The reason I though I would post this even though is a bit late is I found my note of the time and date a few days back & I just stumbled across how to get archive radar images of the day.

See : 128km radar

The radar image doesn't appear to show any intense rainfall associated with the system but the rain we encountered was fairly heavy although brief, as the system was moving very rapidly toward the SE.

Although there is no evidence that this system grounded a tornado, the sound from the back of the storm was intense.

The area the tail of the storm crossed is fairly rugged and mostly inaccessible. I haven't found any recent remote sensing imagery of the area, current Google imagery is 4 years old, and in QLD they don't appear to do regular airphoto swaths. In WA you can get detailed online Airphoto imagery through Skyview WA, where you can access (at least in the SW) images which are updated yearly, which is a handy way of checking for suspected tornado damage if you don't have time to do it on the ground.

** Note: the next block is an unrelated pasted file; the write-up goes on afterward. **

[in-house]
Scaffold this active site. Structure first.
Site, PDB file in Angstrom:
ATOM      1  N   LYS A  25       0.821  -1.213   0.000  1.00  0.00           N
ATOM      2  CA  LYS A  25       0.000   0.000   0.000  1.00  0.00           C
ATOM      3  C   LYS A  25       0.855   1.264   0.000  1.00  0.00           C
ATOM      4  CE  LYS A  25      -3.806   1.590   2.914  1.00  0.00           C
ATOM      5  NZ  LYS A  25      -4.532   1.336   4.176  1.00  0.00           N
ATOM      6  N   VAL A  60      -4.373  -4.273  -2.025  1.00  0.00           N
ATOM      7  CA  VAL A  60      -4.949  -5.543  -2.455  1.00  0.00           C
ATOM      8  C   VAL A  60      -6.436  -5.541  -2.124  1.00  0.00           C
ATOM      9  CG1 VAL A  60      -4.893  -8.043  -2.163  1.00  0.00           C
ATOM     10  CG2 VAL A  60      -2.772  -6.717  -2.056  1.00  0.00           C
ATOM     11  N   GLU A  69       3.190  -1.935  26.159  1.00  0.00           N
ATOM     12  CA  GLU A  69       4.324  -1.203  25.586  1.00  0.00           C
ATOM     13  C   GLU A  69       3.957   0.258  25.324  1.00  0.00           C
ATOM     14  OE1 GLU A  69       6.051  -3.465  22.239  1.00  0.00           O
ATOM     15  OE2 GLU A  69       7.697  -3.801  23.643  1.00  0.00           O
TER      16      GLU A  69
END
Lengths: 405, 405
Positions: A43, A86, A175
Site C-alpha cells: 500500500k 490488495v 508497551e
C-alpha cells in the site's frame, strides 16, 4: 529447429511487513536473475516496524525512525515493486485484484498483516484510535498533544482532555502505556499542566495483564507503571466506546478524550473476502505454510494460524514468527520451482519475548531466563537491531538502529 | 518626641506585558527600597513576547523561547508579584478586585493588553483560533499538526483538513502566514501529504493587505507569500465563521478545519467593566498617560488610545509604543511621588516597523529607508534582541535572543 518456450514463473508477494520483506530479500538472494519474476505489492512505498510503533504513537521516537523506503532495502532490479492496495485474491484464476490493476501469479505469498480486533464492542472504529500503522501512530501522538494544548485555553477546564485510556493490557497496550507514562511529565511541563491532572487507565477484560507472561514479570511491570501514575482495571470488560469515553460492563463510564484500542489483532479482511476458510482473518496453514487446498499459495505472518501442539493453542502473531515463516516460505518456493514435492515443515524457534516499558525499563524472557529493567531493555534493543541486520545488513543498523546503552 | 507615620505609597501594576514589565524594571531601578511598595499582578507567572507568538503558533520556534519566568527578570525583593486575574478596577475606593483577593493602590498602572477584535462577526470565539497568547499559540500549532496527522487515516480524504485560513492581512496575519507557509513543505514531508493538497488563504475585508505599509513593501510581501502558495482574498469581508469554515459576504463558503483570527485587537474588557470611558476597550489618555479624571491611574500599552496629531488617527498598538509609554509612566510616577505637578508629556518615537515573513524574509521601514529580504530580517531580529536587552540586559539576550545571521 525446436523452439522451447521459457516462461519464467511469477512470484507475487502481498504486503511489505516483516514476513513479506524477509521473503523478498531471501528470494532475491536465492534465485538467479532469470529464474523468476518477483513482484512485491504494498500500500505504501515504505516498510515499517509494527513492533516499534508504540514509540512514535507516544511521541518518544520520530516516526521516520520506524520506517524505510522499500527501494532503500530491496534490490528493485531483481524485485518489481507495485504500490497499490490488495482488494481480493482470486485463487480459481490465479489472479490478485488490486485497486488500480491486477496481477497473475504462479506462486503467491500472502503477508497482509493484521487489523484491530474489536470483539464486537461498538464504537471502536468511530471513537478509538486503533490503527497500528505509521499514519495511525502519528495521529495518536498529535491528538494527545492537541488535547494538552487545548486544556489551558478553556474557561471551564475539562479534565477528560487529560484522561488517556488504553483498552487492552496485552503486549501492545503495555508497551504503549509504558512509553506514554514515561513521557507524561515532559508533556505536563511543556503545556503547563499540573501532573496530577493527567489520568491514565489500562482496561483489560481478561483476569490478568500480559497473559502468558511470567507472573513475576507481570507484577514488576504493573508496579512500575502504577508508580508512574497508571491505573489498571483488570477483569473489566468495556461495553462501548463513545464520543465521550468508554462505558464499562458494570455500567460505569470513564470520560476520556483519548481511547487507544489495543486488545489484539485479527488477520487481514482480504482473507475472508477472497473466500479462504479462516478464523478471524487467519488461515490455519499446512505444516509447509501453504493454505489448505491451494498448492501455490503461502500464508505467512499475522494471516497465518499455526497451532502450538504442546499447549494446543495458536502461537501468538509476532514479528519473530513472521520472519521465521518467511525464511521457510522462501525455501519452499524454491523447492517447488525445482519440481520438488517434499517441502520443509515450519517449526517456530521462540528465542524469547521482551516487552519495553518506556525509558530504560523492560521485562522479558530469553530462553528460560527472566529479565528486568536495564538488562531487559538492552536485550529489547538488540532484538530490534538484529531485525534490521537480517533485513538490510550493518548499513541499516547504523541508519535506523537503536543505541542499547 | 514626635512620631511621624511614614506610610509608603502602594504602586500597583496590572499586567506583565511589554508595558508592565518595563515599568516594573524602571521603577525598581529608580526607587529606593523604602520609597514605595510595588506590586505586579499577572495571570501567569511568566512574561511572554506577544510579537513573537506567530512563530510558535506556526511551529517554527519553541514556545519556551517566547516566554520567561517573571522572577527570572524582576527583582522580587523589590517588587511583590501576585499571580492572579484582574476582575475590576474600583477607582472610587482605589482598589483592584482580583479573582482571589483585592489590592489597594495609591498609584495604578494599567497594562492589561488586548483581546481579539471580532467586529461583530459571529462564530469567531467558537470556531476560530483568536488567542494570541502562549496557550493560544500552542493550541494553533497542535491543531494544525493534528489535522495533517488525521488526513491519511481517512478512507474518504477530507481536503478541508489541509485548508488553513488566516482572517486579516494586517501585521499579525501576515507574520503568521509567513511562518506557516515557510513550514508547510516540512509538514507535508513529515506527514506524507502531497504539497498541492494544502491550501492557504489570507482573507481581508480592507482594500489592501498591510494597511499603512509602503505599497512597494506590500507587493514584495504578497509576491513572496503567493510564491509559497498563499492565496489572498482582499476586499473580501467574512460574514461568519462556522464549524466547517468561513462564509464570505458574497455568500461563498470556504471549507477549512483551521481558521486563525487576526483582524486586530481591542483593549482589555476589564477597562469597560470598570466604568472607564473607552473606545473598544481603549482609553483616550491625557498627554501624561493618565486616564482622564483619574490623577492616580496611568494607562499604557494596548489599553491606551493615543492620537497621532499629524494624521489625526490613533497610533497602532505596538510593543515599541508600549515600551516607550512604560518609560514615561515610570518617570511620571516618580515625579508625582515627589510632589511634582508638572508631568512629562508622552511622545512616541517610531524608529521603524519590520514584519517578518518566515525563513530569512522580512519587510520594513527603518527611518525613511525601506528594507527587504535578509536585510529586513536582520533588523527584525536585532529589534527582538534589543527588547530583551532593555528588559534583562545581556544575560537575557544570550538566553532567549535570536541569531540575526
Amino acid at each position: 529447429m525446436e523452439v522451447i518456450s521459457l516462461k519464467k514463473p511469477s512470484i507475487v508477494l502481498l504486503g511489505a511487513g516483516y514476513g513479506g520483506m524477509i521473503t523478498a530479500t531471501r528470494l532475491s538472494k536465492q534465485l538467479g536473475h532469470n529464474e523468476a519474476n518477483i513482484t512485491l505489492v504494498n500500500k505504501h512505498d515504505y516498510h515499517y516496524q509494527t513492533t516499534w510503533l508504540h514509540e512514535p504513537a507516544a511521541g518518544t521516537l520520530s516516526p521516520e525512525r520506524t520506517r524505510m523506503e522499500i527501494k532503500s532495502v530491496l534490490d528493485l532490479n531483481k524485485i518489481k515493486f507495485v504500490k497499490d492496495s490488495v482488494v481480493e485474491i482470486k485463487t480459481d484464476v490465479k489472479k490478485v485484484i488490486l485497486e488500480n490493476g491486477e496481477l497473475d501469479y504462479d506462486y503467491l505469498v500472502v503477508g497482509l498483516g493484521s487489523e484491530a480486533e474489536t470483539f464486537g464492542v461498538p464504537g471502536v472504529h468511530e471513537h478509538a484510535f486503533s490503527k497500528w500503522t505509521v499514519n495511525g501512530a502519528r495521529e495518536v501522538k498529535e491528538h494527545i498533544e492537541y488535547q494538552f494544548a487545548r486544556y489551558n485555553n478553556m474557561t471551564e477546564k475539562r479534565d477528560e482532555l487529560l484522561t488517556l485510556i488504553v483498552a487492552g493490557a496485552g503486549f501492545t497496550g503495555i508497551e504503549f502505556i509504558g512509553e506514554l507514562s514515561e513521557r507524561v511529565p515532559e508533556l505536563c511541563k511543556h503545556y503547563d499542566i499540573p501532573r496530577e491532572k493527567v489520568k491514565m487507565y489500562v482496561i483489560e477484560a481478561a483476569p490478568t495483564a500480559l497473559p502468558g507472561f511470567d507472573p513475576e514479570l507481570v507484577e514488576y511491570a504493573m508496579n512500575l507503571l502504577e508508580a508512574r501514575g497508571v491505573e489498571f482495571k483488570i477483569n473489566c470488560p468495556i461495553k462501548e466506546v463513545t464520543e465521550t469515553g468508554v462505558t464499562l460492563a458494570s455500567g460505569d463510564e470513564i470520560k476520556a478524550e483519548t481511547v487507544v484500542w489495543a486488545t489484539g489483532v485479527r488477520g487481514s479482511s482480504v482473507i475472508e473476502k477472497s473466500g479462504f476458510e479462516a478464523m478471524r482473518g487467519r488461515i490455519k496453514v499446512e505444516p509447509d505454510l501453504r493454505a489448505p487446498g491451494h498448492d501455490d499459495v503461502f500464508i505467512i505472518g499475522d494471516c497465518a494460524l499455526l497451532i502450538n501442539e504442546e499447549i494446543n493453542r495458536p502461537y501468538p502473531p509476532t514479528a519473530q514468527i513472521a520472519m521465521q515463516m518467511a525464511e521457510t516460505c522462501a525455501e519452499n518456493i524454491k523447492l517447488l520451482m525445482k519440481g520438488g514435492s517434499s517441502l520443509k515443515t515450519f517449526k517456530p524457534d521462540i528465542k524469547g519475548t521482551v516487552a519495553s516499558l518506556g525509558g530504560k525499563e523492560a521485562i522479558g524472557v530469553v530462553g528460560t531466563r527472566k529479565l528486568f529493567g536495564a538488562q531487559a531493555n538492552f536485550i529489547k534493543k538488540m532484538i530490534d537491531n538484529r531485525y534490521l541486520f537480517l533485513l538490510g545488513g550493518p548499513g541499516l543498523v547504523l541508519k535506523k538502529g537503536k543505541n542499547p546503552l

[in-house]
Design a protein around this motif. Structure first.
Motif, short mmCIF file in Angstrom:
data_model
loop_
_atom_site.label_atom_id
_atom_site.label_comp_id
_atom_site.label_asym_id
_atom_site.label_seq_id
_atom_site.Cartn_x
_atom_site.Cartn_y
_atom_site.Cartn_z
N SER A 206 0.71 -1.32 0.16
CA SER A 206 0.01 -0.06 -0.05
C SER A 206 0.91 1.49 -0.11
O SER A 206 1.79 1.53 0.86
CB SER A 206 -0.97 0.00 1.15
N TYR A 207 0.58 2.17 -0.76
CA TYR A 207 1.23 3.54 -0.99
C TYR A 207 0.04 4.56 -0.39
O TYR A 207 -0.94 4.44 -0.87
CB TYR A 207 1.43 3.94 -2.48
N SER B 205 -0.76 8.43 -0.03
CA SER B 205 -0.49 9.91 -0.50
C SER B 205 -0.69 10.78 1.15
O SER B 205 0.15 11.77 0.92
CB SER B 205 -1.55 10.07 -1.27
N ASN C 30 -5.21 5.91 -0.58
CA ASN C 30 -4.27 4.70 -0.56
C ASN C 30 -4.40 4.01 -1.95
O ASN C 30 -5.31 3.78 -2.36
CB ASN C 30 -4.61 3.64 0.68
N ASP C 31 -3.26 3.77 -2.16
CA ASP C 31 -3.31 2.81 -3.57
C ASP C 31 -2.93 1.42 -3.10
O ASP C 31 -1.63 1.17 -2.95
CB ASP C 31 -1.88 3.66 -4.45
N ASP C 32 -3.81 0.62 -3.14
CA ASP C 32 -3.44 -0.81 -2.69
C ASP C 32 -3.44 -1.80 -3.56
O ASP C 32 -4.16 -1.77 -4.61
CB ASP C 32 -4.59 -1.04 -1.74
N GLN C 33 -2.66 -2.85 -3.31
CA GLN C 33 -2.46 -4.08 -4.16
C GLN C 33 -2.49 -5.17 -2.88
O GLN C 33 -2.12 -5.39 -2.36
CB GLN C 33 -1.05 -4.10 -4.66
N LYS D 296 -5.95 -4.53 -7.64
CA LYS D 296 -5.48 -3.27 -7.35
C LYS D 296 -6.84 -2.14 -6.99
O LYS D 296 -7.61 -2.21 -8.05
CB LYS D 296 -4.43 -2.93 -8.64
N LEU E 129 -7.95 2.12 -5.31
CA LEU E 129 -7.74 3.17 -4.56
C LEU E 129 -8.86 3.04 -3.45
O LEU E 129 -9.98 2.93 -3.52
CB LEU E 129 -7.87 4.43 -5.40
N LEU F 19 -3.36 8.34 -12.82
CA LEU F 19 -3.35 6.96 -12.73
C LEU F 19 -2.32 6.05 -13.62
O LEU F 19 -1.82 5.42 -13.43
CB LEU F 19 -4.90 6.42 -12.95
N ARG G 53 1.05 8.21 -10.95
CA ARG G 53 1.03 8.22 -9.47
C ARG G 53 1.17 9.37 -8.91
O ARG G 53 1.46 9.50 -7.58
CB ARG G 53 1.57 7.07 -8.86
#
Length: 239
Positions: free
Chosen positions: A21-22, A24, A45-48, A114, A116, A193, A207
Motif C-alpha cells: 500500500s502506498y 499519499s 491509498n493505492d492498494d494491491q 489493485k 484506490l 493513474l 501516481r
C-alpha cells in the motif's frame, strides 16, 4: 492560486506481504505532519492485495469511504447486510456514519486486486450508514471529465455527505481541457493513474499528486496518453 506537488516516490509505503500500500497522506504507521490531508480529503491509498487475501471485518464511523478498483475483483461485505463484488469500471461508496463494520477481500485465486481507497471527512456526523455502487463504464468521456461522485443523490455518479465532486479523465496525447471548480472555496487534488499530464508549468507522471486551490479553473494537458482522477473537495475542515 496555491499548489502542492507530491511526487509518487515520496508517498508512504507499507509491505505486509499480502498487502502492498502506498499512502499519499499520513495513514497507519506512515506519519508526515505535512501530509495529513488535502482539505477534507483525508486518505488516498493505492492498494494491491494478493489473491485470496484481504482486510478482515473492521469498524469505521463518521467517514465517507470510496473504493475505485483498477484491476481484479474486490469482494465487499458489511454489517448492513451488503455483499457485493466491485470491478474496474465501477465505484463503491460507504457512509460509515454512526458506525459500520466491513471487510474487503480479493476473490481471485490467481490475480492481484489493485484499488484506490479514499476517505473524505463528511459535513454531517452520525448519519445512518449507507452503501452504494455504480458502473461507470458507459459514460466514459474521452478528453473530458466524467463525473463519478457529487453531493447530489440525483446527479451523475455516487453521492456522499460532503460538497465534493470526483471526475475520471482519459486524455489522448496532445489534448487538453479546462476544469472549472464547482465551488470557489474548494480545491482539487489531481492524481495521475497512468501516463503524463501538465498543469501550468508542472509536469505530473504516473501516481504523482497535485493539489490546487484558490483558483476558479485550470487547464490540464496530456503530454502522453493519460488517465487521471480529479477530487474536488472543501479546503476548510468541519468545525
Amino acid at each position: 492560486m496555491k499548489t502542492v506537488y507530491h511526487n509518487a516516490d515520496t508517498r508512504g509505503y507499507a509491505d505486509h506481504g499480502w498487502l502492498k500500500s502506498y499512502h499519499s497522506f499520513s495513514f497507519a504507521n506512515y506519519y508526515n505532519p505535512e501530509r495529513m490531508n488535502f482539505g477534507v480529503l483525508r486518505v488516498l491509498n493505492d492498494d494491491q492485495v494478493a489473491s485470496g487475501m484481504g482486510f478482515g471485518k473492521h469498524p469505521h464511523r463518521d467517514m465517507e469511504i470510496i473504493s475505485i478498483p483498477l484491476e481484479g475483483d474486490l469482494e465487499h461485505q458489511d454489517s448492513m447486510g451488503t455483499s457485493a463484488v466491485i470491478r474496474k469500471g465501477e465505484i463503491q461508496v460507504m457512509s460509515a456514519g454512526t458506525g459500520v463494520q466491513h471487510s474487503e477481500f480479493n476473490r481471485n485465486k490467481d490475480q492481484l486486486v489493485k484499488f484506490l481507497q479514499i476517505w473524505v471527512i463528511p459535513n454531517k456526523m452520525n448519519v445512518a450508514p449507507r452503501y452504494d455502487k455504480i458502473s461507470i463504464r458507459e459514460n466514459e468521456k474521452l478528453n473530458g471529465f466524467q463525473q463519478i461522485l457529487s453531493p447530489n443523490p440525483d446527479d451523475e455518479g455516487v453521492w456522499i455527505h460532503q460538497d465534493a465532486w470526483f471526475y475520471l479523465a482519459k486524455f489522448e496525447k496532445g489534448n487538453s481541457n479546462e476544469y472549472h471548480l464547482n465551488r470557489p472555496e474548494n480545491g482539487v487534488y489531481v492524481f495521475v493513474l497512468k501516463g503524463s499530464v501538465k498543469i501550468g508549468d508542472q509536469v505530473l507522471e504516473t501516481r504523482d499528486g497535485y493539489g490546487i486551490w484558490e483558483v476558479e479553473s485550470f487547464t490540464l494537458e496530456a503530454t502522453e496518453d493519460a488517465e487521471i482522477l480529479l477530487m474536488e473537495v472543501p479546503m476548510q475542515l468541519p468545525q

I've attached a Google Earth image of the app track of the back of the storm +/- a km.

Regards Paul
« Last Edit: 17 October 2009, 01:56:23 PM by Michael Bath »

Offline Paul D

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Re: 13 Dec 2008 Stanthorpe NE cell
« Reply #1 on: 24 October 2009, 11:11:59 AM »
A bit of extra info
A couple of things which are apparent from the Radar images